A group of closely related chemical compounds with related names — pyridoxine, pyridoxal and pyridoxamine — that are transformed within the body to yet another form of vitamin B6, pyridoxal phosphate, that acts as a coenzyme. (A number of vitamins serve as coenzymes, substances that enhance the action of enzymes and thereby aid in catalyzing biochemical reactions.)
The vitamin B6 group is especially important to the function of the central nervous system, skin, and blood. Vitamin B6 is involved in the formation of red blood cells since pyridoxal phosphate is the rate-limiting substance in making heme, a component of hemoglobin, the key oxygen-carrying pigment in red blood cells.
The diet rarely lacks vitamin B6. Most foods contain it. However, deficiency of vitamin B6 within the body may occur due to poor absorption of it from the intestine or inactivation of it by some drugs (e.g., anticonvulsants, corticosteroids, estrogens, isoniazid, and penicillamine). Other causes of vitamin B6 include alcoholism and conditions such as hyperthyroidism and diabetes that increase the metabolic demand, creating a relative shortage of vitamin B6.
Vitamin B6 deficiency causes convulsions in infants and anemia in adults. An outbreak of convulsions in infants followed the inadvertent destruction of vitamin B6 in infant formulas. Several genetic syndromes also involve problems with vitamin B6.
- Vitamin C
An essential nutrient found mainly in fruits and vegetables. The body requires vitamin C to form and maintain bones, blood vessels, and skin. Vitamin C is also known as ascorbic acid. Vitamin C is a water-soluble vitamin, one that cannot be stored by the body except in insignificant amounts. It must be replenished daily. Vitamin […]
- Vitamin D
for those 1-70 years of age, 600 IU daily; for those 71 years and older, 800 IU daily; and for pregnant and lactating women, 600 IU daily. The IOM further recommended that serum 25(OH)D levels of 20ng/mL (= 50 nmol/L) is adequate, and levels > 50ng/mL (= 125 nmol/L) could have potential adverse effects As […]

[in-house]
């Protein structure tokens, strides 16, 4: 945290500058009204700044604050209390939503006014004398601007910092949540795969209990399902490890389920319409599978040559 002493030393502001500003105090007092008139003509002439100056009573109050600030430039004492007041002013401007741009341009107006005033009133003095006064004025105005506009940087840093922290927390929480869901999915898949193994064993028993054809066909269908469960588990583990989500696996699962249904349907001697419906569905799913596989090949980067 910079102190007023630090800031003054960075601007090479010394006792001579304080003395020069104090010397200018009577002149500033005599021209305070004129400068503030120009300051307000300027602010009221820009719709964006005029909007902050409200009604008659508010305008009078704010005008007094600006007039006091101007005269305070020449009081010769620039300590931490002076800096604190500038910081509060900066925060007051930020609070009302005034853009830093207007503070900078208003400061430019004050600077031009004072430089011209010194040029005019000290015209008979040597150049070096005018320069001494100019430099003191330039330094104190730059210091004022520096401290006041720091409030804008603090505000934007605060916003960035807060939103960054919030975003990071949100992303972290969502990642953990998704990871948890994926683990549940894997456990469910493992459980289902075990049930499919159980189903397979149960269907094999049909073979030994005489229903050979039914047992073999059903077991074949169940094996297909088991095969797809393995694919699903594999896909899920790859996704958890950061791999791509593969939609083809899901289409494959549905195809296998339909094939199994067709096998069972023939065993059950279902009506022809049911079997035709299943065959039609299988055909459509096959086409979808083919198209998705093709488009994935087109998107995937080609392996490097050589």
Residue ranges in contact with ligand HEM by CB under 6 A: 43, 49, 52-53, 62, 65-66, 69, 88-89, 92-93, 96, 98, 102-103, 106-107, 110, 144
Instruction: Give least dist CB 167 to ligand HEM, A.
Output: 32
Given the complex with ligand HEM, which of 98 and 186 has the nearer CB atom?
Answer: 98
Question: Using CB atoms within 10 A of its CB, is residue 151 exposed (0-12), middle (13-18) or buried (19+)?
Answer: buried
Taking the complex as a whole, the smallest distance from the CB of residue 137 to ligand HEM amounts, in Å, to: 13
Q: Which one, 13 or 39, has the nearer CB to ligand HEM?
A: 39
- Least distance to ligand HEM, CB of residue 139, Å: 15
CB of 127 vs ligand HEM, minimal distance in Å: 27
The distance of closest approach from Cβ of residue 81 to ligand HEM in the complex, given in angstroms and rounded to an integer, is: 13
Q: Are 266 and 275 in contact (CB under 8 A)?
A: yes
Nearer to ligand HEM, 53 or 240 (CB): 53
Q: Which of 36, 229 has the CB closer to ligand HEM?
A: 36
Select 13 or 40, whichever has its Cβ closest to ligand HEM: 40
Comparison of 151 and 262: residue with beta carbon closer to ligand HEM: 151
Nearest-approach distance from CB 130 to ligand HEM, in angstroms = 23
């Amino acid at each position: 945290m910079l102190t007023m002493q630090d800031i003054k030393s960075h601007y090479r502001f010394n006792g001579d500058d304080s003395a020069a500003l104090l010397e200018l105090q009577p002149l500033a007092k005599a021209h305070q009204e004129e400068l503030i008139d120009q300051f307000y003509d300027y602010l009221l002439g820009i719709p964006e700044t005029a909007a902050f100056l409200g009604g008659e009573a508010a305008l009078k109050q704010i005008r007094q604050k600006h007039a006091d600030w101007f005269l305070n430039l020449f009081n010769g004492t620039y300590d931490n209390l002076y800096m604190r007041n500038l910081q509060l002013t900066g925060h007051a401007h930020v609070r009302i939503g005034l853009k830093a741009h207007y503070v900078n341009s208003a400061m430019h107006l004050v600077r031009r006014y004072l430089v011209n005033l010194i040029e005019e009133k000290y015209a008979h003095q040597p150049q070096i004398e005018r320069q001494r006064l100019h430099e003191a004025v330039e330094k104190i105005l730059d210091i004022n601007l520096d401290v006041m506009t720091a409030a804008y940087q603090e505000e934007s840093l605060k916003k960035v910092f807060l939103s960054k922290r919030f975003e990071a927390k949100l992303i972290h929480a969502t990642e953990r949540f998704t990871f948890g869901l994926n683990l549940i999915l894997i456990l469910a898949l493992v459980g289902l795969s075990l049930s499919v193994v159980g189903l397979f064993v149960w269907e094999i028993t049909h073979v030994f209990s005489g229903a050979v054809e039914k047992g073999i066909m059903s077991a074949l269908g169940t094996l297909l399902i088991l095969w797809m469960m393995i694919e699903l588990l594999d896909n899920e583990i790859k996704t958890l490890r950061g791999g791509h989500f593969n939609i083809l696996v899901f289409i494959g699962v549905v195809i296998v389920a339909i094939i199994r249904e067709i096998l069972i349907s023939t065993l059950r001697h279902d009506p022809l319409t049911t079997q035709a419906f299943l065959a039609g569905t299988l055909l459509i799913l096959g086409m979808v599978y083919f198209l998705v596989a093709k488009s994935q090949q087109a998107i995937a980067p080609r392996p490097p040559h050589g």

- Vitamin D requirement
for those 1-70 years of age, 600 IU daily; for those 71 years and older, 800 IU daily; and for pregnant and lactating women, 600 IU daily. The IOM further recommended that serum 25(OH)D levels of 20ng/mL (= 50 nmol/L) is adequate, and levels > 50ng/mL (= 125 nmol/L) could have potential adverse effects
- Vitamin D3
A vitamin produced by the body when exposed to ultraviolet light or obtained from dietary sources. Vitamin D3 is a hormone that has an important role in calcium and phosphorus metabolism. Technically, vitamin D3 is not a vitamin because the body can produce it. Also known as cholecalciferol.
- Vitamin E
In the ATBC cancer prevention trial, men given alpha-tocopherol (vitamin E) had a lower incidence of prostate cancer than men given a placebo. The vitamin E-treated group also had significantly lower death rates from prostate cancer. However, newer studies from a trial called SELECT showed that taking vitamin E can actually be harmful. According to […]